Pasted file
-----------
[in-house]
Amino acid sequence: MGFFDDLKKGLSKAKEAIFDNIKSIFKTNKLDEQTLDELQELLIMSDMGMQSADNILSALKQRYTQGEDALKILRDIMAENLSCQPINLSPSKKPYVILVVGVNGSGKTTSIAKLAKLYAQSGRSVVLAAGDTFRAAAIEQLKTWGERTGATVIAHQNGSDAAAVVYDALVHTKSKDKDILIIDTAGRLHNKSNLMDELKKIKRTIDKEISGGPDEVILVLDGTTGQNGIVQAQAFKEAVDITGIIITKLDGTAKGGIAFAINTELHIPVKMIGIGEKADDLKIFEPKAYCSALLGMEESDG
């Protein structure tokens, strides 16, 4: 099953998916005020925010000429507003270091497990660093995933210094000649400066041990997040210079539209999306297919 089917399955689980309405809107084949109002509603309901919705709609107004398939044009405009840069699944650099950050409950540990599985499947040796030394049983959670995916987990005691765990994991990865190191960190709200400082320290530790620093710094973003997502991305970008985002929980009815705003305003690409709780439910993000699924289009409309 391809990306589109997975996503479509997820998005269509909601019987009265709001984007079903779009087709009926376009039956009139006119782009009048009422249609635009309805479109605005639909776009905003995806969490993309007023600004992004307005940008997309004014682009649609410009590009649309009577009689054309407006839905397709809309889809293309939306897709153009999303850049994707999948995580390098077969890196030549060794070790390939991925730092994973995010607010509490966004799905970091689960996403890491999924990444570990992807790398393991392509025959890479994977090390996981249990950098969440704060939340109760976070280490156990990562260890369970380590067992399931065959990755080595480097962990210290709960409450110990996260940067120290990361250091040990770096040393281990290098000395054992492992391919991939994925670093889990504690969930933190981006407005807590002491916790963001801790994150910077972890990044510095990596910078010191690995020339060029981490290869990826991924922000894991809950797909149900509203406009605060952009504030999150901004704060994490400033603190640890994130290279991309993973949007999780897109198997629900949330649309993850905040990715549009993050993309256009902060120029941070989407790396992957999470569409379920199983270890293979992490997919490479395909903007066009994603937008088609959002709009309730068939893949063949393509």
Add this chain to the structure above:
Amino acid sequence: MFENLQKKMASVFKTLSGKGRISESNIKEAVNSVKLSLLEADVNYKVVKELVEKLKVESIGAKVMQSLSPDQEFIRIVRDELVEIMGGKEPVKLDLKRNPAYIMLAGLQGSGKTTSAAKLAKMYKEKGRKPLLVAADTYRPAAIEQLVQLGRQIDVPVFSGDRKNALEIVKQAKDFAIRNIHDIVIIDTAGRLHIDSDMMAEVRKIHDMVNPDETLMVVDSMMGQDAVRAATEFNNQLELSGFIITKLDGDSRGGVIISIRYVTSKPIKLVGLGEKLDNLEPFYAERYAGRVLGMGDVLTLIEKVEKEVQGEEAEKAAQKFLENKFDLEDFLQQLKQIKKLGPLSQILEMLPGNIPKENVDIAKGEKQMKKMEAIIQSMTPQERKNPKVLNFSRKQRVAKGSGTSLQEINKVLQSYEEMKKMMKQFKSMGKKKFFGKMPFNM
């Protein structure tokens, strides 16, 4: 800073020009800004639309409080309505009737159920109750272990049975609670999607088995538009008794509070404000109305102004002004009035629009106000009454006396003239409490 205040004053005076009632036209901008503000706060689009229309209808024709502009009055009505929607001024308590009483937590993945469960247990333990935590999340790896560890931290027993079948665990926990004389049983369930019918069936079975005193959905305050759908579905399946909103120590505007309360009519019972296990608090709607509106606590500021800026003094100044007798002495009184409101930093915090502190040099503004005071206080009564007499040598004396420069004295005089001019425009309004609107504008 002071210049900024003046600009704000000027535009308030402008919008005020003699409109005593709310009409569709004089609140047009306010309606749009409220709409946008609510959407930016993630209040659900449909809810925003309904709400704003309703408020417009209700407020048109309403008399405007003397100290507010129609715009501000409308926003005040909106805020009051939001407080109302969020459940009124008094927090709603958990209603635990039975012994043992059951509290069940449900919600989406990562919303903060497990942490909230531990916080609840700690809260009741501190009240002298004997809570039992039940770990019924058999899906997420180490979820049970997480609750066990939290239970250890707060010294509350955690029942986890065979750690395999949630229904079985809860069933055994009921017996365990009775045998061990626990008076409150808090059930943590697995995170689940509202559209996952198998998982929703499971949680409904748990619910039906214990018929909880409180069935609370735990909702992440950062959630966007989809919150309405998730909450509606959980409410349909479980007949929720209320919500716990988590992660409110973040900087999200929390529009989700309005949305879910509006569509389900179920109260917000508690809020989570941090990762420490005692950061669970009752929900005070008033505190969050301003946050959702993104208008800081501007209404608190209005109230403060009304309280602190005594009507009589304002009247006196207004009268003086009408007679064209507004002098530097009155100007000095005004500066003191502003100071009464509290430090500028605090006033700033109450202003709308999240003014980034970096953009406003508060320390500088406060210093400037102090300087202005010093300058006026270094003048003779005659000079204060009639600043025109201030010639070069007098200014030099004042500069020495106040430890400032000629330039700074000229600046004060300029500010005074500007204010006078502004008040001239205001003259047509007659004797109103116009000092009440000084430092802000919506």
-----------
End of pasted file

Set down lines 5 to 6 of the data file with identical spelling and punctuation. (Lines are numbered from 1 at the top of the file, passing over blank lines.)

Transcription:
Amino acid sequence: MFENLQKKMASVFKTLSGKGRISESNIKEAVNSVKLSLLEADVNYKVVKELVEKLKVESIGAKVMQSLSPDQEFIRIVRDELVEIMGGKEPVKLDLKRNPAYIMLAGLQGSGKTTSAAKLAKMYKEKGRKPLLVAADTYRPAAIEQLVQLGRQIDVPVFSGDRKNALEIVKQAKDFAIRNIHDIVIIDTAGRLHIDSDMMAEVRKIHDMVNPDETLMVVDSMMGQDAVRAATEFNNQLELSGFIITKLDGDSRGGVIISIRYVTSKPIKLVGLGEKLDNLEPFYAERYAGRVLGMGDVLTLIEKVEKEVQGEEAEKAAQKFLENKFDLEDFLQQLKQIKKLGPLSQILEMLPGNIPKENVDIAKGEKQMKKMEAIIQSMTPQERKNPKVLNFSRKQRVAKGSGTSLQEINKVLQSYEEMKKMMKQFKSMGKKKFFGKMPFNM
């Protein structure tokens, strides 16, 4: 800073020009800004639309409080309505009737159920109750272990049975609670999607088995538009008794509070404000109305102004002004009035629009106000009454006396003239409490 205040004053005076009632036209901008503000706060689009229309209808024709502009009055009505929607001024308590009483937590993945469960247990333990935590999340790896560890931290027993079948665990926990004389049983369930019918069936079975005193959905305050759908579905399946909103120590505007309360009519019972296990608090709607509106606590500021800026003094100044007798002495009184409101930093915090502190040099503004005071206080009564007499040598004396420069004295005089001019425009309004609107504008 002071210049900024003046600009704000000027535009308030402008919008005020003699409109005593709310009409569709004089609140047009306010309606749009409220709409946008609510959407930016993630209040659900449909809810925003309904709400704003309703408020417009209700407020048109309403008399405007003397100290507010129609715009501000409308926003005040909106805020009051939001407080109302969020459940009124008094927090709603958990209603635990039975012994043992059951509290069940449900919600989406990562919303903060497990942490909230531990916080609840700690809260009741501190009240002298004997809570039992039940770990019924058999899906997420180490979820049970997480609750066990939290239970250890707060010294509350955690029942986890065979750690395999949630229904079985809860069933055994009921017996365990009775045998061990626990008076409150808090059930943590697995995170689940509202559209996952198998998982929703499971949680409904748990619910039906214990018929909880409180069935609370735990909702992440950062959630966007989809919150309405998730909450509606959980409410349909479980007949929720209320919500716990988590992660409110973040900087999200929390529009989700309005949305879910509006569509389900179920109260917000508690809020989570941090990762420490005692950061669970009752929900005070008033505190969050301003946050959702993104208008800081501007209404608190209005109230403060009304309280602190005594009507009589304002009247006196207004009268003086009408007679064209507004002098530097009155100007000095005004500066003191502003100071009464509290430090500028605090006033700033109450202003709308999240003014980034970096953009406003508060320390500088406060210093400037102090300087202005010093300058006026270094003048003779005659000079204060009639600043025109201030010639070069007098200014030099004042500069020495106040430890400032000629330039700074000229600046004060300029500010005074500007204010006078502004008040001239205001003259047509007659004797109103116009000092009440000084430092802000919506």